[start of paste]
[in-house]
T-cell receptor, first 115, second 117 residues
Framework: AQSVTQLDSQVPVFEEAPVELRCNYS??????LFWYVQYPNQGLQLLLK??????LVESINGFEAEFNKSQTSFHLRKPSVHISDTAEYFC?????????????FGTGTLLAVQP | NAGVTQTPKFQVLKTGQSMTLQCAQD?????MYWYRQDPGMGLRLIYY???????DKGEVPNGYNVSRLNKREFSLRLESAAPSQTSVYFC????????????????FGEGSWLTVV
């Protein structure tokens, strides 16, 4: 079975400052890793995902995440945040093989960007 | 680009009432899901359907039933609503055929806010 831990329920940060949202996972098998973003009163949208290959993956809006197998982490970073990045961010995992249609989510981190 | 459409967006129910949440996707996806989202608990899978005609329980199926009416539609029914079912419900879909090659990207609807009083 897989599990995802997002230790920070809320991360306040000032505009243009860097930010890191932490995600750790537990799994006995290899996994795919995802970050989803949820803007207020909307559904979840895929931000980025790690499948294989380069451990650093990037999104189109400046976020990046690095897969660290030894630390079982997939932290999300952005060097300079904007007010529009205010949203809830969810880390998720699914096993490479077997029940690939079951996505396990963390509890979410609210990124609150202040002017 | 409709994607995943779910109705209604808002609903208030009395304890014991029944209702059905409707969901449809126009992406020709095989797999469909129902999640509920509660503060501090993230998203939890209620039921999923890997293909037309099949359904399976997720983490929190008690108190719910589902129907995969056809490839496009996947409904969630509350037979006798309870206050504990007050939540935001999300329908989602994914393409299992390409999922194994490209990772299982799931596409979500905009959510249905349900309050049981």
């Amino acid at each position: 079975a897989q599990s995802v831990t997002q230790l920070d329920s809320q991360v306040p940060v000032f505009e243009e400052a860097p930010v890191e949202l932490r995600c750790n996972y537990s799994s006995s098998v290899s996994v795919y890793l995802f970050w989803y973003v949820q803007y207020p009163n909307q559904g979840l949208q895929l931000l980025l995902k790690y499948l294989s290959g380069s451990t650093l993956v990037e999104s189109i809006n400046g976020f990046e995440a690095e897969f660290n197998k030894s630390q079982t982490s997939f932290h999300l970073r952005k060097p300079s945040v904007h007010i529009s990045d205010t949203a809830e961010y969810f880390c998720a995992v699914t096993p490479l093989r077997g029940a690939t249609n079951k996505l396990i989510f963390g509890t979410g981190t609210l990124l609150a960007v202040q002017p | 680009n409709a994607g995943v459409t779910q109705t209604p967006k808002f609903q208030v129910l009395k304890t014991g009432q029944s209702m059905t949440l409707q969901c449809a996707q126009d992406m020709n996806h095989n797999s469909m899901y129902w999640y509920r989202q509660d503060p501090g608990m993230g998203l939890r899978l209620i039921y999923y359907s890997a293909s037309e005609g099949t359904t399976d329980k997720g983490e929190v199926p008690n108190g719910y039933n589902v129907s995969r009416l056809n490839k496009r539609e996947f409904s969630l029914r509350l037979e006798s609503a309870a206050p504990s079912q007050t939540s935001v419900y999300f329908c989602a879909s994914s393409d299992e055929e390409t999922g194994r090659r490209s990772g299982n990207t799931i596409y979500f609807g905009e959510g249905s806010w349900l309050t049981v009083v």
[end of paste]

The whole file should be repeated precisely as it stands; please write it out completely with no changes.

[in-house]
T-cell receptor, first 115, second 117 residues
Framework: AQSVTQLDSQVPVFEEAPVELRCNYS??????LFWYVQYPNQGLQLLLK??????LVESINGFEAEFNKSQTSFHLRKPSVHISDTAEYFC?????????????FGTGTLLAVQP | NAGVTQTPKFQVLKTGQSMTLQCAQD?????MYWYRQDPGMGLRLIYY???????DKGEVPNGYNVSRLNKREFSLRLESAAPSQTSVYFC????????????????FGEGSWLTVV
């Protein structure tokens, strides 16, 4: 079975400052890793995902995440945040093989960007 | 680009009432899901359907039933609503055929806010 831990329920940060949202996972098998973003009163949208290959993956809006197998982490970073990045961010995992249609989510981190 | 459409967006129910949440996707996806989202608990899978005609329980199926009416539609029914079912419900879909090659990207609807009083 897989599990995802997002230790920070809320991360306040000032505009243009860097930010890191932490995600750790537990799994006995290899996994795919995802970050989803949820803007207020909307559904979840895929931000980025790690499948294989380069451990650093990037999104189109400046976020990046690095897969660290030894630390079982997939932290999300952005060097300079904007007010529009205010949203809830969810880390998720699914096993490479077997029940690939079951996505396990963390509890979410609210990124609150202040002017 | 409709994607995943779910109705209604808002609903208030009395304890014991029944209702059905409707969901449809126009992406020709095989797999469909129902999640509920509660503060501090993230998203939890209620039921999923890997293909037309099949359904399976997720983490929190008690108190719910589902129907995969056809490839496009996947409904969630509350037979006798309870206050504990007050939540935001999300329908989602994914393409299992390409999922194994490209990772299982799931596409979500905009959510249905349900309050049981």
């Amino acid at each position: 079975a897989q599990s995802v831990t997002q230790l920070d329920s809320q991360v306040p940060v000032f505009e243009e400052a860097p930010v890191e949202l932490r995600c750790n996972y537990s799994s006995s098998v290899s996994v795919y890793l995802f970050w989803y973003v949820q803007y207020p009163n909307q559904g979840l949208q895929l931000l980025l995902k790690y499948l294989s290959g380069s451990t650093l993956v990037e999104s189109i809006n400046g976020f990046e995440a690095e897969f660290n197998k030894s630390q079982t982490s997939f932290h999300l970073r952005k060097p300079s945040v904007h007010i529009s990045d205010t949203a809830e961010y969810f880390c998720a995992v699914t096993p490479l093989r077997g029940a690939t249609n079951k996505l396990i989510f963390g509890t979410g981190t609210l990124l609150a960007v202040q002017p | 680009n409709a994607g995943v459409t779910q109705t209604p967006k808002f609903q208030v129910l009395k304890t014991g009432q029944s209702m059905t949440l409707q969901c449809a996707q126009d992406m020709n996806h095989n797999s469909m899901y129902w999640y509920r989202q509660d503060p501090g608990m993230g998203l939890r899978l209620i039921y999923y359907s890997a293909s037309e005609g099949t359904t399976d329980k997720g983490e929190v199926p008690n108190g719910y039933n589902v129907s995969r009416l056809n490839k496009r539609e996947f409904s969630l029914r509350l037979e006798s609503a309870a206050p504990s079912q007050t939540s935001v419900y999300f329908c989602a879909s994914s393409d299992e055929e390409t999922g194994r090659r490209s990772g299982n990207t799931i596409y979500f609807g905009e959510g249905s806010w349900l309050t049981v009083v």